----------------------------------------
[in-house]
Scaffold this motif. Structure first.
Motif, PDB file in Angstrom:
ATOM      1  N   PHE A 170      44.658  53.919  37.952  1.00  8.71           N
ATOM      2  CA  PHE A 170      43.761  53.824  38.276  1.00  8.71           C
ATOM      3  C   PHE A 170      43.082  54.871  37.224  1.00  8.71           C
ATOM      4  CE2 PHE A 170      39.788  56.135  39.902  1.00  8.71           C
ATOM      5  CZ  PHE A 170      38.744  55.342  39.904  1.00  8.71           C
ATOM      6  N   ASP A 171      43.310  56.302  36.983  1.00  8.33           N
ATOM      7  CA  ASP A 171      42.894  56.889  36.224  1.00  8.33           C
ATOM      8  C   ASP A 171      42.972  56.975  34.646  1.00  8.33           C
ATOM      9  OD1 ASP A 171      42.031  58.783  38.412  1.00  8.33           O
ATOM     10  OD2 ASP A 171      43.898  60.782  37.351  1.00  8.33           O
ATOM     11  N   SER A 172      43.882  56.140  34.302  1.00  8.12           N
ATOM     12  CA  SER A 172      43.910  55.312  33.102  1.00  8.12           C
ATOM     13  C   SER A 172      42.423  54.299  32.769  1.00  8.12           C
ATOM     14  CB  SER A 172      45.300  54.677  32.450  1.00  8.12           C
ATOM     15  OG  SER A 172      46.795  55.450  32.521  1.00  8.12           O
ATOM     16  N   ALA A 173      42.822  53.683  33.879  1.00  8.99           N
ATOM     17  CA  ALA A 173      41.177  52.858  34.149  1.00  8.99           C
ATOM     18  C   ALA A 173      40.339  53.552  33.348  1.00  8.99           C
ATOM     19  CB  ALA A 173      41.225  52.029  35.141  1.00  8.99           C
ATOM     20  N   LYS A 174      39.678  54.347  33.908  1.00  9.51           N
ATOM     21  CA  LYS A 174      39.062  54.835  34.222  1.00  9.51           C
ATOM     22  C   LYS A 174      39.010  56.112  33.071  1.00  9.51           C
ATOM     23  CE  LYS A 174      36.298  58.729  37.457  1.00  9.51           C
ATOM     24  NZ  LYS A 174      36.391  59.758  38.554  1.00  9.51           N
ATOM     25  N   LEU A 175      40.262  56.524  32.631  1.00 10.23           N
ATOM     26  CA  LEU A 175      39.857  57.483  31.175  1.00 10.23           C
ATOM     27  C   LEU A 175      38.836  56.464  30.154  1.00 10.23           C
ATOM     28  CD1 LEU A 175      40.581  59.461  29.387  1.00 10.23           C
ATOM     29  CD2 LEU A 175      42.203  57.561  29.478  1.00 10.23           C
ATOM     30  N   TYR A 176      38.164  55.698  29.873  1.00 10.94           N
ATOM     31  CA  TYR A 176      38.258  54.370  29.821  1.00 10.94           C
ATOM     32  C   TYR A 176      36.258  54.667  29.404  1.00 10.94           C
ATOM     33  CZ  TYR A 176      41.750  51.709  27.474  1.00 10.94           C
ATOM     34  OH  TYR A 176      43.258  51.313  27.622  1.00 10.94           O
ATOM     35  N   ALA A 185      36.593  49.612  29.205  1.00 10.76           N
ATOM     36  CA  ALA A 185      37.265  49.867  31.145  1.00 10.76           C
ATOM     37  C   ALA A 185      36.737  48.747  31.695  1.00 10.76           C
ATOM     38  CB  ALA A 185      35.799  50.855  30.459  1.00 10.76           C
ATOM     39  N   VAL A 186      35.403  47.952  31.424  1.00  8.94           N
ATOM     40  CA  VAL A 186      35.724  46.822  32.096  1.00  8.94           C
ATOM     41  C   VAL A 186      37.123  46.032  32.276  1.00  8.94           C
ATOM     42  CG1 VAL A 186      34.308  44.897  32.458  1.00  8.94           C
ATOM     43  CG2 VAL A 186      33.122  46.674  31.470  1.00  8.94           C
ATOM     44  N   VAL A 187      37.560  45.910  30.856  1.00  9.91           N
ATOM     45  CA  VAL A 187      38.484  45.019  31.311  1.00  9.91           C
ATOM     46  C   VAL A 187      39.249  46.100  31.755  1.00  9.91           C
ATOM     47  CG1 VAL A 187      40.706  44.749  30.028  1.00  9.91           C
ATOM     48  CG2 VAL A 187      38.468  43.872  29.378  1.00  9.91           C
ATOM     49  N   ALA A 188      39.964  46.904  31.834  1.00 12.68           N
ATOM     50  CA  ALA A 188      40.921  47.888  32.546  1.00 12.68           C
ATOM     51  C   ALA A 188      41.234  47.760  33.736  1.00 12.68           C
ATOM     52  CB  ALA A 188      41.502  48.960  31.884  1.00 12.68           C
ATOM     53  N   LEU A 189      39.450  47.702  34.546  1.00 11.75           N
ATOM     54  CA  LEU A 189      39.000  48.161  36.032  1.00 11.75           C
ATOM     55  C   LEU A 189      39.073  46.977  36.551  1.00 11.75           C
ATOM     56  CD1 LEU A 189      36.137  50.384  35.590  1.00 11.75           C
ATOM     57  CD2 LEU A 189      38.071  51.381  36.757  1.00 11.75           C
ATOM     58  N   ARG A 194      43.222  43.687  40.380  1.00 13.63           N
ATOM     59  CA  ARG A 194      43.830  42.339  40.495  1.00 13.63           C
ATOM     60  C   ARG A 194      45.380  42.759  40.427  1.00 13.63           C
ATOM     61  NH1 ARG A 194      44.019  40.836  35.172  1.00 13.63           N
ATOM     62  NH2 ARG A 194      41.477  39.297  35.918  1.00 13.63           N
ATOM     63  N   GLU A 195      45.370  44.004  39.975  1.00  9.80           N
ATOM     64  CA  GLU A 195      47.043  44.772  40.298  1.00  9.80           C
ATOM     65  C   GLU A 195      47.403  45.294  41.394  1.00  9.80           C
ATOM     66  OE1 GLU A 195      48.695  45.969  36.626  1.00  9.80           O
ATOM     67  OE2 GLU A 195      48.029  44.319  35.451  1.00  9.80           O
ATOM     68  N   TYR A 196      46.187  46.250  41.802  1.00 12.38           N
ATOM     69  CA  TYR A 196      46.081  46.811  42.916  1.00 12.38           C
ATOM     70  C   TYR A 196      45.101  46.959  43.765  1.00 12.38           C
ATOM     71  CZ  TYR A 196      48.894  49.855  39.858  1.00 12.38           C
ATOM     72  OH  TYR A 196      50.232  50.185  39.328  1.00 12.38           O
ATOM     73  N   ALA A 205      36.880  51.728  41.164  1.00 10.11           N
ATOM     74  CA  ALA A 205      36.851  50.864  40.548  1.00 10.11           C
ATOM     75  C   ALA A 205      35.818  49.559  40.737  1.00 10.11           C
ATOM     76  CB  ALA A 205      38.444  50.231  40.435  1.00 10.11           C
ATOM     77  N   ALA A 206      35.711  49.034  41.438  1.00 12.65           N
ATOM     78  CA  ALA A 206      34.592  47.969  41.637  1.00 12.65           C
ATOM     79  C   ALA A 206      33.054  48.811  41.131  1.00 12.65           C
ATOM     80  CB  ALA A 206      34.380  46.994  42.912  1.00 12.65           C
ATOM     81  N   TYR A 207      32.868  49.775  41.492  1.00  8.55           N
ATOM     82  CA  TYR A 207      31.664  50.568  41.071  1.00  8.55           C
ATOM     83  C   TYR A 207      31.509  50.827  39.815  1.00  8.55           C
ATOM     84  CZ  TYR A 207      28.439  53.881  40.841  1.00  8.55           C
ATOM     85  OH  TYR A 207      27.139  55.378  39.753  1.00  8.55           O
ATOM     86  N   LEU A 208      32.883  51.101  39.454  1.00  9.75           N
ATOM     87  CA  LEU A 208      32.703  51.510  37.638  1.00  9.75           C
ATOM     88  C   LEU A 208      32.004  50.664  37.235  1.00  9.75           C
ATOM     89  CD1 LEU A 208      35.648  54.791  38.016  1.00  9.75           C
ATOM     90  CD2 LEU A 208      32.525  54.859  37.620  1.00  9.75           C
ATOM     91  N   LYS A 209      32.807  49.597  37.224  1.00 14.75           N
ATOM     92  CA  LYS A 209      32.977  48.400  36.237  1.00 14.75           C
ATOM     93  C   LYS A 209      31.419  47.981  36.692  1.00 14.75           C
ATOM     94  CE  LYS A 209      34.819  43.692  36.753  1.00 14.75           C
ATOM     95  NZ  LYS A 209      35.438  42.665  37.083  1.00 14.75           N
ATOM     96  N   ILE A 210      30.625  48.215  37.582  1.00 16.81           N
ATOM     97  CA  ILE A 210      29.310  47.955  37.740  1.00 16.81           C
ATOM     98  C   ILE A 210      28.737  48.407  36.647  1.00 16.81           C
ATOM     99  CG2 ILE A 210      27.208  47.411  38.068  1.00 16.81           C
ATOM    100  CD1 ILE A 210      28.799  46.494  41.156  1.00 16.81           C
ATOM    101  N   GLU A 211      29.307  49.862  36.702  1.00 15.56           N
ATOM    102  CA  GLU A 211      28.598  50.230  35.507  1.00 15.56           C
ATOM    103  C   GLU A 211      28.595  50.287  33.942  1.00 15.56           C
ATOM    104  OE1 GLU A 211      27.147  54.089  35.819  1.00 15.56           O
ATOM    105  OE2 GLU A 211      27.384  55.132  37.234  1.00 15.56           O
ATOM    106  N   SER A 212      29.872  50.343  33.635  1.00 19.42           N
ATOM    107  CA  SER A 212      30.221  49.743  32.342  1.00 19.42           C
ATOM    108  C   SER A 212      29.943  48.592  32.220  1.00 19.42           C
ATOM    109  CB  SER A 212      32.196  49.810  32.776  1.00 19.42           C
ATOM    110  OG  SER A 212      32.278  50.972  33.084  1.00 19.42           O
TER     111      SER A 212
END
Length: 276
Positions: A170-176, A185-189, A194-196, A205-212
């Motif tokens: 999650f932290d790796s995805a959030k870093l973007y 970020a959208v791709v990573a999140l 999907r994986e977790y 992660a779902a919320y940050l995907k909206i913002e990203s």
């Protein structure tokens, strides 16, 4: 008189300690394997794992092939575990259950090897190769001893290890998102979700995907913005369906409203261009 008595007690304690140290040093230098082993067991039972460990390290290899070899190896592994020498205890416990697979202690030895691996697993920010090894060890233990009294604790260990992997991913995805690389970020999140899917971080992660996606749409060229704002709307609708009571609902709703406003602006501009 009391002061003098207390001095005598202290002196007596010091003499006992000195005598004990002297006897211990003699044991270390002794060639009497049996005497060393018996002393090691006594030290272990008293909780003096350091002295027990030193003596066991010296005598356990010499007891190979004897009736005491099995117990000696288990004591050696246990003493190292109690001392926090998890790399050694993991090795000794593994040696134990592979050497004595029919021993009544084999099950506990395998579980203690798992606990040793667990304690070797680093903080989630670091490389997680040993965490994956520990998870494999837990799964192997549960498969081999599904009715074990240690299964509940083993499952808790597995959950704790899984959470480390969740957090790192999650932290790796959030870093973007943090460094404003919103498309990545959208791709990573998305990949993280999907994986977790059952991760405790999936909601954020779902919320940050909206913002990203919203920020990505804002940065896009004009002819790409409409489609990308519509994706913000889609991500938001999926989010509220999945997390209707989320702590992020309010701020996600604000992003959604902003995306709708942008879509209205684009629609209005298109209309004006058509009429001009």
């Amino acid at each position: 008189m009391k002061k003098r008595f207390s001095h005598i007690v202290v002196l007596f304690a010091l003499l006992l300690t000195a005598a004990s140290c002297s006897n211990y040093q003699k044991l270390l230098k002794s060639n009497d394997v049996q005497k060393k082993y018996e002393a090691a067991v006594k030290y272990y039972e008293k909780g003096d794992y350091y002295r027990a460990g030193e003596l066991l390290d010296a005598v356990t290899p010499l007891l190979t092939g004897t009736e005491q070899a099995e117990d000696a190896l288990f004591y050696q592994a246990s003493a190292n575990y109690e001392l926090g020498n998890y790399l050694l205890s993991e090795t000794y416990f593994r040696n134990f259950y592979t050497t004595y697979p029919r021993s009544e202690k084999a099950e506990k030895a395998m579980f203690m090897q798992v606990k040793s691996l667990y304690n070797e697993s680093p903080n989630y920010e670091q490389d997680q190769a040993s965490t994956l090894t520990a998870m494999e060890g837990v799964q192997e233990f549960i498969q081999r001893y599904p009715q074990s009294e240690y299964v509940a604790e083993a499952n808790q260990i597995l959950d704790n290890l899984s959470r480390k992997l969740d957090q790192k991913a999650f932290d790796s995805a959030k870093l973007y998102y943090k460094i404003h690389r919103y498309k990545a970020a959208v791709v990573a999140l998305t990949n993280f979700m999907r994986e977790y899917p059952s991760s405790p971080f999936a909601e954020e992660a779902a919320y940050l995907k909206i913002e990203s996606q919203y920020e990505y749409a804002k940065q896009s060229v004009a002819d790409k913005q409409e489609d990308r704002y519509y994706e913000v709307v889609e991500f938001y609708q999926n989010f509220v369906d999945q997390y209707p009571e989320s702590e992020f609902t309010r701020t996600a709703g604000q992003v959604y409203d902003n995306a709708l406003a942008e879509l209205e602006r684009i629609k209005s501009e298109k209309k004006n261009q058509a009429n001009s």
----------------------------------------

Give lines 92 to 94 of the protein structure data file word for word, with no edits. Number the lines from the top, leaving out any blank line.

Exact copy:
ATOM     89  CD1 LEU A 208      35.648  54.791  38.016  1.00  9.75           C
ATOM     90  CD2 LEU A 208      32.525  54.859  37.620  1.00  9.75           C
ATOM     91  N   LYS A 209      32.807  49.597  37.224  1.00 14.75           N